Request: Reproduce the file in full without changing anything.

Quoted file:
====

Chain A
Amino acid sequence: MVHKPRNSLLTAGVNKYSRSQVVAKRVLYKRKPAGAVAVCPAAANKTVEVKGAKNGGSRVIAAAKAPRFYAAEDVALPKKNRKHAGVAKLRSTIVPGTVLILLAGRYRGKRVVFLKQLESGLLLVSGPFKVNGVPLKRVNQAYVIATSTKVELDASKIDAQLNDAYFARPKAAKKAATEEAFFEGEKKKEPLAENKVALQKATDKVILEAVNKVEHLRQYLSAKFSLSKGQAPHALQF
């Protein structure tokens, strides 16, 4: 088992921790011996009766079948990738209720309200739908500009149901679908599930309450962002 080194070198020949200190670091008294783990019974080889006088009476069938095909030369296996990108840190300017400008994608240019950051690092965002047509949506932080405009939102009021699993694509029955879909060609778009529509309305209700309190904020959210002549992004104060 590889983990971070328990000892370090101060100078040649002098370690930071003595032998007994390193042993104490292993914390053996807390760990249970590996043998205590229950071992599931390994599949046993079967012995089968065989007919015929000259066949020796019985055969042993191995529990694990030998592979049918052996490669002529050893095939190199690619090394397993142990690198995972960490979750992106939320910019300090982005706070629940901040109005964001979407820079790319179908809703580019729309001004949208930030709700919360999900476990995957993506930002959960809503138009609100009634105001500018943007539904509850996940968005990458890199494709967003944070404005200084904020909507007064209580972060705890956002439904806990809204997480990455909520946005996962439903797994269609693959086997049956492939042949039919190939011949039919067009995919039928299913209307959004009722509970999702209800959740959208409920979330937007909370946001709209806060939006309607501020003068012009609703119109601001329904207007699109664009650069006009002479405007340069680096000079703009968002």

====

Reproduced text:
Chain A
Amino acid sequence: MVHKPRNSLLTAGVNKYSRSQVVAKRVLYKRKPAGAVAVCPAAANKTVEVKGAKNGGSRVIAAAKAPRFYAAEDVALPKKNRKHAGVAKLRSTIVPGTVLILLAGRYRGKRVVFLKQLESGLLLVSGPFKVNGVPLKRVNQAYVIATSTKVELDASKIDAQLNDAYFARPKAAKKAATEEAFFEGEKKKEPLAENKVALQKATDKVILEAVNKVEHLRQYLSAKFSLSKGQAPHALQF
């Protein structure tokens, strides 16, 4: 088992921790011996009766079948990738209720309200739908500009149901679908599930309450962002 080194070198020949200190670091008294783990019974080889006088009476069938095909030369296996990108840190300017400008994608240019950051690092965002047509949506932080405009939102009021699993694509029955879909060609778009529509309305209700309190904020959210002549992004104060 590889983990971070328990000892370090101060100078040649002098370690930071003595032998007994390193042993104490292993914390053996807390760990249970590996043998205590229950071992599931390994599949046993079967012995089968065989007919015929000259066949020796019985055969042993191995529990694990030998592979049918052996490669002529050893095939190199690619090394397993142990690198995972960490979750992106939320910019300090982005706070629940901040109005964001979407820079790319179908809703580019729309001004949208930030709700919360999900476990995957993506930002959960809503138009609100009634105001500018943007539904509850996940968005990458890199494709967003944070404005200084904020909507007064209580972060705890956002439904806990809204997480990455909520946005996962439903797994269609693959086997049956492939042949039919190939011949039919067009995919039928299913209307959004009722509970999702209800959740959208409920979330937007909370946001709209806060939006309607501020003068012009609703119109601001329904207007699109664009650069006009002479405007340069680096000079703009968002």